Ashley Killough/CNN

Linemen work to install power lines to bring electricity to the Navajo Nation.

The non-profit Navajo Tribal Utility Authority started up in 1959 to help rectify the issue, but a complex myriad of political and geographical obstacles have made it more difficult to get the nation fully on the grid. Among the hurdles, the federal government put a 40-year development ban – known as the Bennett Freeze – across roughly 1.5 million acres of Navajo land to settle a dispute between the Navajo Nation and the Hopi Tribe. The ban, lifted in 2009, barred installation of electricity and other key infrastructure.

The slow, steady slog to connect households to the power grid is expensive. Today, it costs the Navajo Nation $40,000 per family, largely due to the remote, desert land. It’s a massive financial challenge in an area where the average annual household income is just over $30,000, less than half the national rate.

Without help from projects like Light Up Navajo, it could cost close to $1 billion to extend electricity to all 13,000 families, tribal utility authorities estimate. That astronomical sum – including hundreds of millions of dollars for transmission lines, electric substations and house wiring – is a huge reason other cooperatives have decided to help, their representatives said.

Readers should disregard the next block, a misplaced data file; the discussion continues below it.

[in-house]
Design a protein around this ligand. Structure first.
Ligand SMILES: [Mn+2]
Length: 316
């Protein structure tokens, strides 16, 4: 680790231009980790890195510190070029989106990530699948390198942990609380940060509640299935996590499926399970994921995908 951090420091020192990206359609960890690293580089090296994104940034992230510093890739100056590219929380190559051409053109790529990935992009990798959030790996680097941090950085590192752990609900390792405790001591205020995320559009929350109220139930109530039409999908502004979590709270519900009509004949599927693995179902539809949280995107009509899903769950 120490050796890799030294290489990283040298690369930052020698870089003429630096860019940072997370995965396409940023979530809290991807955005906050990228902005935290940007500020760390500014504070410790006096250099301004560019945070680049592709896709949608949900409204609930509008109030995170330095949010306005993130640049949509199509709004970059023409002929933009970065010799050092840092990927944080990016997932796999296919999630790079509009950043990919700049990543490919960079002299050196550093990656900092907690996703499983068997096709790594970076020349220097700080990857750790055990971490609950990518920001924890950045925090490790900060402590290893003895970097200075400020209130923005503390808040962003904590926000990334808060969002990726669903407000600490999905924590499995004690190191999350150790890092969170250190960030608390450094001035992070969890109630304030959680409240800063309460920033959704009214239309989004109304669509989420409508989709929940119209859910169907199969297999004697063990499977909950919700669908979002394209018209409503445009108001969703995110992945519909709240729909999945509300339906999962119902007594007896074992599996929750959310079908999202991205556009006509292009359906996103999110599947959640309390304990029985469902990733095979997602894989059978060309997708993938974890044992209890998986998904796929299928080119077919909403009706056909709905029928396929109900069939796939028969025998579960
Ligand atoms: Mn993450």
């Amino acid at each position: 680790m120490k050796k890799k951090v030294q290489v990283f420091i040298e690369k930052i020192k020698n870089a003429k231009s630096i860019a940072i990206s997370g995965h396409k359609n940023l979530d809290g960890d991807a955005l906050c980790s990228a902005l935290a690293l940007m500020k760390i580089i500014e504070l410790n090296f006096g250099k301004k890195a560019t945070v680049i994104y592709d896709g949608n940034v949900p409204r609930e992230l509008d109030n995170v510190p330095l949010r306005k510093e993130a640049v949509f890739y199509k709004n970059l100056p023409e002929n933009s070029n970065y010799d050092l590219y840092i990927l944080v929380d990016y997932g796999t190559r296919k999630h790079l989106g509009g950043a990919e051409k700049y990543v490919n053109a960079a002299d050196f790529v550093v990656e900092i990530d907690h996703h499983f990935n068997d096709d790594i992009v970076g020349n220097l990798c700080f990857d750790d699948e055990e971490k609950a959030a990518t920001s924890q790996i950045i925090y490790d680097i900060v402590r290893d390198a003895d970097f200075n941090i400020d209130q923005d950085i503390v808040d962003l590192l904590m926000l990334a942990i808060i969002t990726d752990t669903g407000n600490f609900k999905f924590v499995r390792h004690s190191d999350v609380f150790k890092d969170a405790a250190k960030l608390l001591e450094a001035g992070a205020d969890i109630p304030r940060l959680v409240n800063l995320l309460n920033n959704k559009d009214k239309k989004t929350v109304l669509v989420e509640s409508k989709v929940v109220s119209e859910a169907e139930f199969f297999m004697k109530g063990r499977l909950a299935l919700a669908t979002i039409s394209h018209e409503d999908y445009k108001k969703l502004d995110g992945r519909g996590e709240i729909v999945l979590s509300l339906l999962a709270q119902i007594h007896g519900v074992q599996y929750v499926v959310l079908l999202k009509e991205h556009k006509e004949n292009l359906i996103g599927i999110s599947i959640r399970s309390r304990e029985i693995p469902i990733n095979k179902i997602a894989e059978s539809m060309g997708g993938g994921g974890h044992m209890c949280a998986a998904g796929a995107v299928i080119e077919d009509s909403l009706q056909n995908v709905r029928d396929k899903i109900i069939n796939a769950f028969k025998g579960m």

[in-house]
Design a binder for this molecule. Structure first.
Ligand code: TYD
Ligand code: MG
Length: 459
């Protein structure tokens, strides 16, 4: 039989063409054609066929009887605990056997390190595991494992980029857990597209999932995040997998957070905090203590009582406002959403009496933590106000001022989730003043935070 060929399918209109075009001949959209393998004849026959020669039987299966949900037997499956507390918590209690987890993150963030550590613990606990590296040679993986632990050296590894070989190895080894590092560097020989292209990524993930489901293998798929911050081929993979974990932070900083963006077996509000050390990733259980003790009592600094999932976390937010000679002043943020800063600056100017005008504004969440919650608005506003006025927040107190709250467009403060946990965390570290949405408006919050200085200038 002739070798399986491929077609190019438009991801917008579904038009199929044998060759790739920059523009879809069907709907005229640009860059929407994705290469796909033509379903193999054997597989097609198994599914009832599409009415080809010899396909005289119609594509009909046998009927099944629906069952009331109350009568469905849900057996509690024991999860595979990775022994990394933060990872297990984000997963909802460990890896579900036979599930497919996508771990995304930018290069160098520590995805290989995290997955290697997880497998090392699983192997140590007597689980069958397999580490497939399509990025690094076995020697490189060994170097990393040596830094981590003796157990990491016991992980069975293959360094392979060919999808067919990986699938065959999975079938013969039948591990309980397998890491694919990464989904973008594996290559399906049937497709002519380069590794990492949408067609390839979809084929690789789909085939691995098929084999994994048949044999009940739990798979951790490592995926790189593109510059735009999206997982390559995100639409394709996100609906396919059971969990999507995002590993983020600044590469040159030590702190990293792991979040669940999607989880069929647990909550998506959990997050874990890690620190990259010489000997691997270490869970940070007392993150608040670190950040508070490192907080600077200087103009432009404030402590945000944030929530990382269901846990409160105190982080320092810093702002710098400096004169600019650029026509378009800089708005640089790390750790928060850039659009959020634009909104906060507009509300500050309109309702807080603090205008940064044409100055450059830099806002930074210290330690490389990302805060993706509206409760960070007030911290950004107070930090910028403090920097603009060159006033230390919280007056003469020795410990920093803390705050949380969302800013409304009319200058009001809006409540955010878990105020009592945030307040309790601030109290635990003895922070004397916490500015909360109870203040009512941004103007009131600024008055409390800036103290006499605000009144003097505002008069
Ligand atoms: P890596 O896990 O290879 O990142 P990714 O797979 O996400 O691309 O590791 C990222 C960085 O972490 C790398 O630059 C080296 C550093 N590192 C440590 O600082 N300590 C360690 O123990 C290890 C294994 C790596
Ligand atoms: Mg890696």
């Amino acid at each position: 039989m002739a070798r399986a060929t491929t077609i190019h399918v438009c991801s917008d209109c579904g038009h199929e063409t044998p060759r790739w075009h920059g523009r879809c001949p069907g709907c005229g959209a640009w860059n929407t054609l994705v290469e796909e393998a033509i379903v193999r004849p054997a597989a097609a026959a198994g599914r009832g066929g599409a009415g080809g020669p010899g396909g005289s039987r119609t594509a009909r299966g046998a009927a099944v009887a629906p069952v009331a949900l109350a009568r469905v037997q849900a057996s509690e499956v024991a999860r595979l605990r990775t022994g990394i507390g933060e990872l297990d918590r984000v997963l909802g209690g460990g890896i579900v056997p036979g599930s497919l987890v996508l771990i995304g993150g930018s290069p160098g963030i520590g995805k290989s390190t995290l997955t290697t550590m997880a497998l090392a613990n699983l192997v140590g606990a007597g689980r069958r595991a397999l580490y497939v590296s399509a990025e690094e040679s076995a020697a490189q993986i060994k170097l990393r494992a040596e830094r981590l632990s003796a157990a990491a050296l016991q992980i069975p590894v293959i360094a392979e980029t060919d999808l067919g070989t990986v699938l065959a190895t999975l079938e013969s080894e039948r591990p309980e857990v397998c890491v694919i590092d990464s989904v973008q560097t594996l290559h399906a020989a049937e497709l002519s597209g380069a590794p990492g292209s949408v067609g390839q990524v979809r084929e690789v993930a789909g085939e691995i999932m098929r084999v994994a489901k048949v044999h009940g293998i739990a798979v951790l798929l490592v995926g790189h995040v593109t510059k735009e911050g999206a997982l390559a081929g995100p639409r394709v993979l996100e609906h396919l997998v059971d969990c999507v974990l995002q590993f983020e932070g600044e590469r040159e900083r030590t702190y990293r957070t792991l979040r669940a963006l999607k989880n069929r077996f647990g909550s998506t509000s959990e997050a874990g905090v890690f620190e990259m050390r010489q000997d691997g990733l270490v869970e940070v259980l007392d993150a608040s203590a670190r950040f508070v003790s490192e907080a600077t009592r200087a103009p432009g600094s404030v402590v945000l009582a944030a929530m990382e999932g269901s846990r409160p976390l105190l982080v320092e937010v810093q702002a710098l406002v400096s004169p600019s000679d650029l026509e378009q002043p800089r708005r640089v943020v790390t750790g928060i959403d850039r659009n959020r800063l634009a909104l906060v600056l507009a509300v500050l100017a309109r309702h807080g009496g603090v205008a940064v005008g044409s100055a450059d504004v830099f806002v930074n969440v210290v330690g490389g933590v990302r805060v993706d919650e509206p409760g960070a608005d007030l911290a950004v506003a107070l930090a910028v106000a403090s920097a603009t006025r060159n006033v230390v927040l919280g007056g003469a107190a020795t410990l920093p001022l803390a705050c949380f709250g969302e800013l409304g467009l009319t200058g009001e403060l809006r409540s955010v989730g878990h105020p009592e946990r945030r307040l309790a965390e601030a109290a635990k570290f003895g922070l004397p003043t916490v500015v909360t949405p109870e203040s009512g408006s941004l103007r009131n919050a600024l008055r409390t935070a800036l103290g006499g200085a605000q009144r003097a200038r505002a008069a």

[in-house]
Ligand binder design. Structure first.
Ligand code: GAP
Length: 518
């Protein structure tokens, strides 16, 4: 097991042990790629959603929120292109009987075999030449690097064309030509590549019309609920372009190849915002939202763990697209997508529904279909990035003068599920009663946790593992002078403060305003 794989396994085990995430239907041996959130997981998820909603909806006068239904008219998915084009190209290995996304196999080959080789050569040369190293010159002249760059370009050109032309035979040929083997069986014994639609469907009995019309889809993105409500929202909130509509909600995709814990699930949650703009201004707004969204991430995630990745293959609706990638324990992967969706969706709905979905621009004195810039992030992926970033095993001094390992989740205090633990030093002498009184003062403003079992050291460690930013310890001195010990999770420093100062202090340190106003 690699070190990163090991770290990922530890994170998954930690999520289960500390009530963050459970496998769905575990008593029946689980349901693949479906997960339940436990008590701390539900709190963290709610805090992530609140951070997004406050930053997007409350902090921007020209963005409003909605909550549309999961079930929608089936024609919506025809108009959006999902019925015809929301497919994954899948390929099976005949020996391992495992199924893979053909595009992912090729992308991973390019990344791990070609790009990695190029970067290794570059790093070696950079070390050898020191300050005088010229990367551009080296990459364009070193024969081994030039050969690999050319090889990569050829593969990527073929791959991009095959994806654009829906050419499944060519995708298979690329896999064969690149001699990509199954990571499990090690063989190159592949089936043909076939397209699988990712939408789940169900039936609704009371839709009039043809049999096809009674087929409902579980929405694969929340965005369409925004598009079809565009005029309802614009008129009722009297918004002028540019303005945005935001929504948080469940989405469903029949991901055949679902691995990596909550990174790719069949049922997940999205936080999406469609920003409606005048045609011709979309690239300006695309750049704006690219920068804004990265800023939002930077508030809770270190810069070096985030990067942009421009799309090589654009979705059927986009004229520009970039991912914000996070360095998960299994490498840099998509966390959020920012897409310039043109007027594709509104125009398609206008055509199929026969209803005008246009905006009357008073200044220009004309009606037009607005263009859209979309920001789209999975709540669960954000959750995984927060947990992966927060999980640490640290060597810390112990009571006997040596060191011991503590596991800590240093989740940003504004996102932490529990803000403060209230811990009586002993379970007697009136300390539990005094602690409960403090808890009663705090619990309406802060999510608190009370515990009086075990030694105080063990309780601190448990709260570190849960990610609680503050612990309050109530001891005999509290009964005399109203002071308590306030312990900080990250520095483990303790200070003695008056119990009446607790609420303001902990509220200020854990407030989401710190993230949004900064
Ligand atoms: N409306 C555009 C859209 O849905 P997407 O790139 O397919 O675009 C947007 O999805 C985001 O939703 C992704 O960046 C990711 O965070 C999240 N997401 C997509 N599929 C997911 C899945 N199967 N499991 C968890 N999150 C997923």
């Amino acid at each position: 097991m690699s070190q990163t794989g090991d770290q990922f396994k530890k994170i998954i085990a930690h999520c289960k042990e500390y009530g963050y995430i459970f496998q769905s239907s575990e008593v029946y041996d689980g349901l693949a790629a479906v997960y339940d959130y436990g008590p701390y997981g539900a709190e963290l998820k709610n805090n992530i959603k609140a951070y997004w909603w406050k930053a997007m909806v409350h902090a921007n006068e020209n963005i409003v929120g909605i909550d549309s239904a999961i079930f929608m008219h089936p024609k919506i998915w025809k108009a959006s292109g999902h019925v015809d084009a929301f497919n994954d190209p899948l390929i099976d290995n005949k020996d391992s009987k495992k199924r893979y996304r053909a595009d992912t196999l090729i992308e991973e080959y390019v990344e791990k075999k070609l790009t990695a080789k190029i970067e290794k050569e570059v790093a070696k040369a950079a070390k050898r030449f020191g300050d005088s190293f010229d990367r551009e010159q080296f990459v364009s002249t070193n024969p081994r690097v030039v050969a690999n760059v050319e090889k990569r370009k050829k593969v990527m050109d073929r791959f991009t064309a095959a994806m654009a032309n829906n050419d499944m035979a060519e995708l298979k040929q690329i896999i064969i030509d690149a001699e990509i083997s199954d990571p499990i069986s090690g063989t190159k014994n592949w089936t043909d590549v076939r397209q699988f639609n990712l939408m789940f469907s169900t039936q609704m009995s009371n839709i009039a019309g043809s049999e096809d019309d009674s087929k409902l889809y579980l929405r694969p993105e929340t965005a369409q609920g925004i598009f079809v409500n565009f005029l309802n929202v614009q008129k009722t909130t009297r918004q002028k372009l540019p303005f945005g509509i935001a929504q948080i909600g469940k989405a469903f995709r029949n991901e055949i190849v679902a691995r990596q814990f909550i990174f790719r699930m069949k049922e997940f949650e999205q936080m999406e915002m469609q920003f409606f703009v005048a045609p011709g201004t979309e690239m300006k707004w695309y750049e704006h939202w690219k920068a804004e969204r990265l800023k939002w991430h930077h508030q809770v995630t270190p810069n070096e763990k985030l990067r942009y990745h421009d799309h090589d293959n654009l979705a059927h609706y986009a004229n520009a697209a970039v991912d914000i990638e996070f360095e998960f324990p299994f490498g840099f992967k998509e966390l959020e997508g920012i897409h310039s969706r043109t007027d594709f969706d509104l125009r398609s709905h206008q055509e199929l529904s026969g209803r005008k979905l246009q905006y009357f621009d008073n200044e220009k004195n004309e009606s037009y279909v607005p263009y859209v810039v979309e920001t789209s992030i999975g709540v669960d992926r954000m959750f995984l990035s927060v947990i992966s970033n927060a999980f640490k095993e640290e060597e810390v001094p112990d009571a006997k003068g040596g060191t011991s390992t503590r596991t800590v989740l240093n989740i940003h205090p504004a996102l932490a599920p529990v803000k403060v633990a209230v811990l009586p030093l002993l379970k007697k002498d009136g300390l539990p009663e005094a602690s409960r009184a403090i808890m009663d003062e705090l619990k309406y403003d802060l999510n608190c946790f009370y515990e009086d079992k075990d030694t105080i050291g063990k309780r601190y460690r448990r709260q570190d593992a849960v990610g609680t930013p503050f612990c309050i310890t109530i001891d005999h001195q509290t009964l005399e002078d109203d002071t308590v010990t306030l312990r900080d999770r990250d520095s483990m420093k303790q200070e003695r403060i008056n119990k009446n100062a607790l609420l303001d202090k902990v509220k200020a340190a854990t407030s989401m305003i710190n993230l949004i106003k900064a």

In 2019, the Navajo Tribal Utility Authority partnered with the American Public Power Association, a non-profit industry lobbying group, to create Light Up Navajo, which so far has connected almost 850 families. But even with help from utilities across the country and groups like the National Rural Electric Cooperative Association, another trade group, it could take three more decades to run power to every household.

The partnership relies on a mix of private and federal funding. Workers come out for a 13-week stretch each spring and summer to set up the connections, while the tribal utility authority works year-round to get the homes shovel-ready.

The task is “far from over,” said Deenise Becenti, the tribal utility authority’s government and public affairs manager. But when companies volunteer manpower and services, it makes the overall mission feel within reach.

“If it weren’t for Light Up Navajo,” she said, “some of the families who’ve already received electricity would still be on the waiting list for years to come.”

Using cars to charge phones and feel cool air

Living without connected electricity had been a way of life for so many in the Navajo Nation. But with the climate changing and technology advancing, many families are signing up to get on the Light Up Navajo waiting list.

Without a grid connection, residents use their vehicles to charge cell phones or get a brief taste of air conditioning. One young family in Crystal, New Mexico, with a 2-year-old and a baby on the way picks up fresh produce and meat daily from a store 45 minutes away, then cooks dinner over a campfire before the sun goes down, they said. They don’t have a working refrigerator.

Many families use camp-style coolers to store food, but those need constant supplies of ice, which quickly melts.

Thirty miles south, Arlene Henry, 56, lives on a small compound with her sisters, children and grandchildren. She planted a tree, hoping to land at least a sliver of shade on their property, but insects thwarted its potential.

Ashley Killough/CNN